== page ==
5. Protection against Western diet-induced obesity and hepatic steatosis in liver fatty acid-binding protein knockout mice. Newberry, E.P., Xie, Y., Kennedy, S.M., Luo, J., Davidson, N.O. Hepatology (2006) [Pubmed]
  6. Forced expression of E-cadherin in the mouse intestinal epithelium slows cell migration and provides evidence for nonautonomous regulation of cell fate in a self-renewing system. Hermiston, M.L., Wong, M.H., Gordon, J.I. Genes Dev. (1996) [Pubmed]
  7. Epithelial cell differentiation in normal and transgenic mouse intestinal isografts. Rubin, D.C., Roth, K.A., Birkenmeier, E.H., Gordon, J.I. J. Cell Biol. (1991) [Pubmed]
  8. Mapping enteroendocrine cell populations in transgenic mice reveals an unexpected degree of complexity in cellular differentiation within the gastrointestinal tract. Roth, K.A., Hertz, J.M., Gordon, J.I. J. Cell Biol. (1990) [Pubmed]
  9. Temporal and spatial patterns of transgene expression in aging adult mice provide insights about the origins, organization, and differentiation of the intestinal epithelium. Cohn, S.M., Roth, K.A., Birkenmeier, E.H., Gordon, J.I. Proc. Natl. Acad. Sci. U.S.A. (1991) [Pubmed]
  10. Ablation of the liver fatty acid binding protein gene decreases fatty acyl CoA binding capacity and alters fatty acyl CoA pool distribution in mouse liver. Martin, G.G., Huang, H., Atshaves, B.P., Binas, B., Schroeder, F. Biochemistry (2003) [Pubmed]
  11. Fibroblast membrane sterol kinetic domains: modulation by sterol carrier protein-2 and liver fatty acid binding protein. Frolov, A., Woodford, J.K., Murphy, E.J., Billheimer, J.T., Schroeder, F. J. Lipid Res. (1996) [Pubmed]
  12. Liver fatty acid binding protein expression enhances branched-chain fatty acid metabolism. Atshaves, B.P., Storey, S.M., Huang, H., Schroeder, F. Mol. Cell. Biochem. (2004) [Pubmed]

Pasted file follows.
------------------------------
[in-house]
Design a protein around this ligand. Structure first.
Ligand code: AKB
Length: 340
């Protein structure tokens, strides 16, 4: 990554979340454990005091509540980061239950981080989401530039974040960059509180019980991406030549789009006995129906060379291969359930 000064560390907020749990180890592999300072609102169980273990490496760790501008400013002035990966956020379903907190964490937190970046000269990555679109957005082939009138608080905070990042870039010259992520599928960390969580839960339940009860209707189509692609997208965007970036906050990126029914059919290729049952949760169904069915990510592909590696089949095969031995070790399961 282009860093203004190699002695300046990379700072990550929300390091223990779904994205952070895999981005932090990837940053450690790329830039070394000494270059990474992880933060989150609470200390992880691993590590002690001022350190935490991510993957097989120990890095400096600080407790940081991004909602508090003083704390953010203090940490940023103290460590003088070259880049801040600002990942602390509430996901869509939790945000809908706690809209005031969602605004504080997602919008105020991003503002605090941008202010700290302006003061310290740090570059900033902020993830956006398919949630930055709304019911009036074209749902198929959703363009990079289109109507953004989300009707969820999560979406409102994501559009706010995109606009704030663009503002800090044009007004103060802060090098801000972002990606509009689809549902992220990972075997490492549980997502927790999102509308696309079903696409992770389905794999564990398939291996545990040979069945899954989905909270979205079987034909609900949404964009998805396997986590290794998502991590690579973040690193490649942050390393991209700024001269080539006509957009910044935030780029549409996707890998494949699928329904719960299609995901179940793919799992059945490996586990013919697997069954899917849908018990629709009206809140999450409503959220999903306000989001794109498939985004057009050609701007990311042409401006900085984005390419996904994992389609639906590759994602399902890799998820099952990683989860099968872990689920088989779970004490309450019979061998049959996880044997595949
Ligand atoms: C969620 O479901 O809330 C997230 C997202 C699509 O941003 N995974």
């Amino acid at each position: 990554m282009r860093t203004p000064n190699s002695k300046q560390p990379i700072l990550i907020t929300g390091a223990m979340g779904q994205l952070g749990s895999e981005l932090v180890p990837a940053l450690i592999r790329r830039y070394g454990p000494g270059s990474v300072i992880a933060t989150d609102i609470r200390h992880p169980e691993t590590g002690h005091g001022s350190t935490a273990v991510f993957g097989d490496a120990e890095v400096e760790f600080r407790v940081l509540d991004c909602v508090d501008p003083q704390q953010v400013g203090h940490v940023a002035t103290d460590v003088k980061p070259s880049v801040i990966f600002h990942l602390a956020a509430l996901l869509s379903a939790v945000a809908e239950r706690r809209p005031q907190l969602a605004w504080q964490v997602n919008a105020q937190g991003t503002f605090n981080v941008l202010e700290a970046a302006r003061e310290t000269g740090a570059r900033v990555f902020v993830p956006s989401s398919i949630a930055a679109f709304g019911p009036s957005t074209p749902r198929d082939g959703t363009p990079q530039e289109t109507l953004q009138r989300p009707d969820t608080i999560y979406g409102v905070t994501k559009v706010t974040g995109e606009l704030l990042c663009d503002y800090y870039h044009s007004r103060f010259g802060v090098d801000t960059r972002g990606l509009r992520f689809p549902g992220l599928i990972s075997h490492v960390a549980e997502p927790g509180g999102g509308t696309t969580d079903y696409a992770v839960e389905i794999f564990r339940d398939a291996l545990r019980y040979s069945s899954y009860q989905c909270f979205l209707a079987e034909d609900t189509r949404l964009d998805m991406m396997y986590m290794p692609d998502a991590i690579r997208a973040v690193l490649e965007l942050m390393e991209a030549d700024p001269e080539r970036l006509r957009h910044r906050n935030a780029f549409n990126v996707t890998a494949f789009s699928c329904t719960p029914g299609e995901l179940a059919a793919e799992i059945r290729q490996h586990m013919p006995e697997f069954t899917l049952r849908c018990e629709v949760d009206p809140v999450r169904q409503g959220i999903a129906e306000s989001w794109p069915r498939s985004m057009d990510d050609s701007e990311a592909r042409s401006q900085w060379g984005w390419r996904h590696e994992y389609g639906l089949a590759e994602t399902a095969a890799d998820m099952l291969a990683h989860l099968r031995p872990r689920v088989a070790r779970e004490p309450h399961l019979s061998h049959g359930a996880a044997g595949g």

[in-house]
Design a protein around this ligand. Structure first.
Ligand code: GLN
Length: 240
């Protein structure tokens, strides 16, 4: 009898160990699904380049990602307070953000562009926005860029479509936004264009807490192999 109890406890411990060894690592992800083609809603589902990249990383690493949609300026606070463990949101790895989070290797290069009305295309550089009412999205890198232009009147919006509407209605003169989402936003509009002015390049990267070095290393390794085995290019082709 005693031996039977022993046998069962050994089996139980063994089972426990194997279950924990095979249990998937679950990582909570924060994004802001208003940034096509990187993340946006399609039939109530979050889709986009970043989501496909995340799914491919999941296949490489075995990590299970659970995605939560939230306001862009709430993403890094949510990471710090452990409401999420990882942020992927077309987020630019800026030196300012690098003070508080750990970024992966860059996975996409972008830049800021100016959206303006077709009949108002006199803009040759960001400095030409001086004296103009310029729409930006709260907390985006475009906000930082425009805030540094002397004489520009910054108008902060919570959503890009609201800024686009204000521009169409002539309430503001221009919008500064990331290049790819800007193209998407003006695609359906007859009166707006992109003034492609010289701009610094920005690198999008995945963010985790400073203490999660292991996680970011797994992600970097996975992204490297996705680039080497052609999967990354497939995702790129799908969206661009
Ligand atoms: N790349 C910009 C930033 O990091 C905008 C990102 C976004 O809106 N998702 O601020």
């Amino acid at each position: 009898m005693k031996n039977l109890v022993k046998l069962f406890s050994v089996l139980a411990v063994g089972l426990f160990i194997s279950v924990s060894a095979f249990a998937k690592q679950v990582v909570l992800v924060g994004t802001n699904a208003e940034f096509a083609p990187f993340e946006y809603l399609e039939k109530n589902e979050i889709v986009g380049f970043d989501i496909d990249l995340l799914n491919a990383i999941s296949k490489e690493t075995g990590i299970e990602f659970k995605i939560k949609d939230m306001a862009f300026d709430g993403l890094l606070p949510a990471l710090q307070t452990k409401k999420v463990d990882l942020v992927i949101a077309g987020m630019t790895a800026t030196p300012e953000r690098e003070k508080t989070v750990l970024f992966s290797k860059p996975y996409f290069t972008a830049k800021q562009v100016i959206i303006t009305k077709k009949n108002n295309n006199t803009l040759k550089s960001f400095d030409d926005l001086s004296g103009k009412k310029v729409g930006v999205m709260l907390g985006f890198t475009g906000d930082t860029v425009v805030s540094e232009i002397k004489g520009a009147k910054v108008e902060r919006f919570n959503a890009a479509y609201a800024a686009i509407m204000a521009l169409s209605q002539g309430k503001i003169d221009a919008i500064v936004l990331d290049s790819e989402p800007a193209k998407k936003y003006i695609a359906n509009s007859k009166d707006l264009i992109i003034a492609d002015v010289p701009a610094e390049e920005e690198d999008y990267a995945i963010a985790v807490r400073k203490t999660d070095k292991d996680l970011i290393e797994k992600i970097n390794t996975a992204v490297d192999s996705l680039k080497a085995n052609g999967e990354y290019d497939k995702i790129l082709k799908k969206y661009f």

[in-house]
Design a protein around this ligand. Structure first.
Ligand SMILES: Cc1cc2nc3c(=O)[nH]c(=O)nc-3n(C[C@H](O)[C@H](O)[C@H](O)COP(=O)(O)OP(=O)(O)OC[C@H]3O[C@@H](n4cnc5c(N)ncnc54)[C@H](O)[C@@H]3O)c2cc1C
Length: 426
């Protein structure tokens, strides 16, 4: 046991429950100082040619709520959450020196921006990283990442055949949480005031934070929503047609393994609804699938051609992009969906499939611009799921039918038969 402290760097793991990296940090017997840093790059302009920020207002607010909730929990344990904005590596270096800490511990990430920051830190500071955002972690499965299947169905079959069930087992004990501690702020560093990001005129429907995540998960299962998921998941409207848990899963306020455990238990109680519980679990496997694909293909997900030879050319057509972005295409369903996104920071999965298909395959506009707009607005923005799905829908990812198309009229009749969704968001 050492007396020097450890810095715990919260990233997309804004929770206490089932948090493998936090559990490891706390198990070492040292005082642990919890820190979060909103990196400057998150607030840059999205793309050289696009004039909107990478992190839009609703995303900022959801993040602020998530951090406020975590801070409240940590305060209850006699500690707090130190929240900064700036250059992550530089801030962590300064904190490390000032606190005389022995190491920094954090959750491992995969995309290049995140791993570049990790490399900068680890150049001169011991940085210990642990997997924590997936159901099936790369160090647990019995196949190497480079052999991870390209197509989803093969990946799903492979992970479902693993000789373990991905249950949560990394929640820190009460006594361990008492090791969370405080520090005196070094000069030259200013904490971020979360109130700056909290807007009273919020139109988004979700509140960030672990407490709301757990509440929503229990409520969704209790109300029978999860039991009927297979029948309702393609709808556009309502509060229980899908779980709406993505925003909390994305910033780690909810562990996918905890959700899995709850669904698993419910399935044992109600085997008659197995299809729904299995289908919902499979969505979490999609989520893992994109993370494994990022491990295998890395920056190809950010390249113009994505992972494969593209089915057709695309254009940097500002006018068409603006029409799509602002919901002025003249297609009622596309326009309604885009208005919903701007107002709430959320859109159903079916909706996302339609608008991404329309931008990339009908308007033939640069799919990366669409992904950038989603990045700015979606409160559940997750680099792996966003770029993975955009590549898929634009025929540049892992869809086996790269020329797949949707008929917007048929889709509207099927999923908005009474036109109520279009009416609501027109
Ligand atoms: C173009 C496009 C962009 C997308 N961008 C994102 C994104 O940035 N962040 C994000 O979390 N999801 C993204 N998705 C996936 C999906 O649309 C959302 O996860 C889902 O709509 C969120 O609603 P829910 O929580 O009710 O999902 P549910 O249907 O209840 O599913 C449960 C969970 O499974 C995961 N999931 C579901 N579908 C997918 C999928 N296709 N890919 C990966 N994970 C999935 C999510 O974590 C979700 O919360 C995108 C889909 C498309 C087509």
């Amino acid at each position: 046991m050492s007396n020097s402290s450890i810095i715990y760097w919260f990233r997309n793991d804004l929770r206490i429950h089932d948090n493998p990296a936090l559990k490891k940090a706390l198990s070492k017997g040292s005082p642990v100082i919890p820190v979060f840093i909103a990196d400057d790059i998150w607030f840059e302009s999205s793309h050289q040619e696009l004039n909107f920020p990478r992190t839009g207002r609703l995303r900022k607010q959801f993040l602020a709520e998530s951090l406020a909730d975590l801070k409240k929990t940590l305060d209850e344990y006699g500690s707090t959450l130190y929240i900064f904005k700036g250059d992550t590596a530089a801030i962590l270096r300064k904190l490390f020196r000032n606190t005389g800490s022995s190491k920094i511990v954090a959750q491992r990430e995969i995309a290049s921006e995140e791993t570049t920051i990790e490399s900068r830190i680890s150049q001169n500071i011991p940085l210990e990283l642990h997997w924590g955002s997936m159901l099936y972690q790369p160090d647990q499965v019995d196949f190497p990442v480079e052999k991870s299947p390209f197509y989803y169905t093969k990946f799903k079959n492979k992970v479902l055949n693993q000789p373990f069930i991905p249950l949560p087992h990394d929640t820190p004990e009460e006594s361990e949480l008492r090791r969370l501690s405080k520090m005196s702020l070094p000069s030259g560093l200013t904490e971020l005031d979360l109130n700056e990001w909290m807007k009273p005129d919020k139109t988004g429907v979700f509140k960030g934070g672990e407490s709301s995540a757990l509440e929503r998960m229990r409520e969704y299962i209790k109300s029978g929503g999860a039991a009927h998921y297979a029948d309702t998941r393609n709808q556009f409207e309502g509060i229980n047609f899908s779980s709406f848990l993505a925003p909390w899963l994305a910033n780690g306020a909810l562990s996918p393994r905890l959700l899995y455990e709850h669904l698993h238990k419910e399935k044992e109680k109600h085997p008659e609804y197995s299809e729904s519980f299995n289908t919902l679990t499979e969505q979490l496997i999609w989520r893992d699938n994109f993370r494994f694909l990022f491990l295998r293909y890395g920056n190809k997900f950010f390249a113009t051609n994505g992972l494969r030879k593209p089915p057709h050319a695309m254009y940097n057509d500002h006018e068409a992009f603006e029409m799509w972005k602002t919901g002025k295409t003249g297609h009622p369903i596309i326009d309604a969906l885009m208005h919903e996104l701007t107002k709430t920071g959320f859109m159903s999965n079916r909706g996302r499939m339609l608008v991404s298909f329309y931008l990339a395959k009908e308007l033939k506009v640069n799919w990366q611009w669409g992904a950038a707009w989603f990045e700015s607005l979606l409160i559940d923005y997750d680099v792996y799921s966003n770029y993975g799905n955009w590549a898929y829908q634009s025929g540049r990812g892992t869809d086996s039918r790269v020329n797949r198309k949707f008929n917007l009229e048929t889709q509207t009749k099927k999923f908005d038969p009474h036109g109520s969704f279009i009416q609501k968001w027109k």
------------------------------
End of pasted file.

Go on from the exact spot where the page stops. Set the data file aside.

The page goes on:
13. Linkage of the murine transforming growth factor alpha gene with Igk, Ly-2, and Fabp1 on chromosome 6. Fowler, K.J., Mann, G.B., Dunn, A.R. Genomics (1993) [Pubmed]
  14. Liver fatty acid binding protein is required for high rates of hepatic fatty acid oxidation but not for the action of PPARalpha in fasting mice. Erol, E., Kumar, L.S., Cline, G.W., Shulman, G.I., Kelly, D.P., Binas, B. FASEB J. (2004) [Pubmed]
  15. Decreased liver fatty acid binding capacity and altered liver lipid distribution in mice lacking the liver fatty acid-binding protein gene. Martin, G.G., Danneberg, H., Kumar, L.S., Atshaves, B.P., Erol, E., Bader, M., Schroeder, F., Binas, B. J. Biol. Chem. (2003) [Pubmed]
  16. Liver fatty acid-binding protein colocalizes with peroxisome proliferator activated receptor alpha and enhances ligand distribution to nuclei of living cells. Huang, H., Starodub, O., McIntosh, A., Atshaves, B.P., Woldegiorgis, G., Kier, A.B., Schroeder, F. Biochemistry (2004) [Pubmed]
  17. L-FABP is exclusively expressed in alveolar macrophages within the myeloid lineage: evidence for a PPARalpha-independent expression. Schachtrup, C., Scholzen, T.E., Grau, V., Luger, T.A., Sorg, C., Spener, F., Kerkhoff, C. Int. J. Biochem. Cell Biol. (2004) [Pubmed]
  18. Analysis of tissue-specific and PPARalpha-dependent induction of FABP gene expression in the mouse liver by an in vivo DNA electroporation method. Fujishiro, K., Fukui, Y., Sato, O., Kawabe, K., Seto, K., Motojima, K. Mol. Cell. Biochem. (2002) [Pubmed]
  19. Differential involvement of peroxisome-proliferator-activated receptors alpha and delta in fibrate and fatty-acid-mediated inductions of the gene encoding liver fatty-acid-binding protein in the liver and the small intestine. Poirier, H., Niot, I., Monnot, M.C., Braissant, O., Meunier-Durmort, C., Costet, P., Pineau, T., Wahli, W., Willson, T.M., Besnard, P. Biochem. J. (2001) [Pubmed]
  20. Liver and intestinal fatty acid binding proteins in control and TGF beta 1 gene targeted deficient mice. Fontaine, R.N., Gossett, R.E., Schroeder, F., O'Toole, B.A., Doetschman, T., Kier, A.B. Mol. Cell. Biochem. (1996) [Pubmed]
  21. Genetic mapping of the lurcher locus on mouse chromosome 6 using an intersubspecific backcross. Norman, D.J., Fletcher, C., Heintz, N. Genomics (1991) [Pubmed]
  22. Adaptations to the loss of intestinal fatty acid binding protein in mice. Agellon, L.B., Li, L., Luong, L., Uwiera, R.R. Mol. Cell. Biochem. (2006) [Pubmed]
  23. Suppressor and activator functions mediated by a repeated heptad sequence in the liver fatty acid-binding protein gene (Fabpl). Effects on renal, small intestinal, and colonic epithelial cell gene expression in transgenic mice. Simon, T.C., Cho, A., Tso, P., Gordon, J.I. J. Biol. Chem. (1997) [Pubmed]
  24. Altered membrane structure in transfected mouse L-cell fibroblasts expressing rat liver fatty acid-binding protein. Jefferson, J.R., Powell, D.M., Rymaszewski, Z., Kukowska-Latallo, J., Lowe, J.B., Schroeder, F. J. Biol. Chem. (1990) [Pubmed]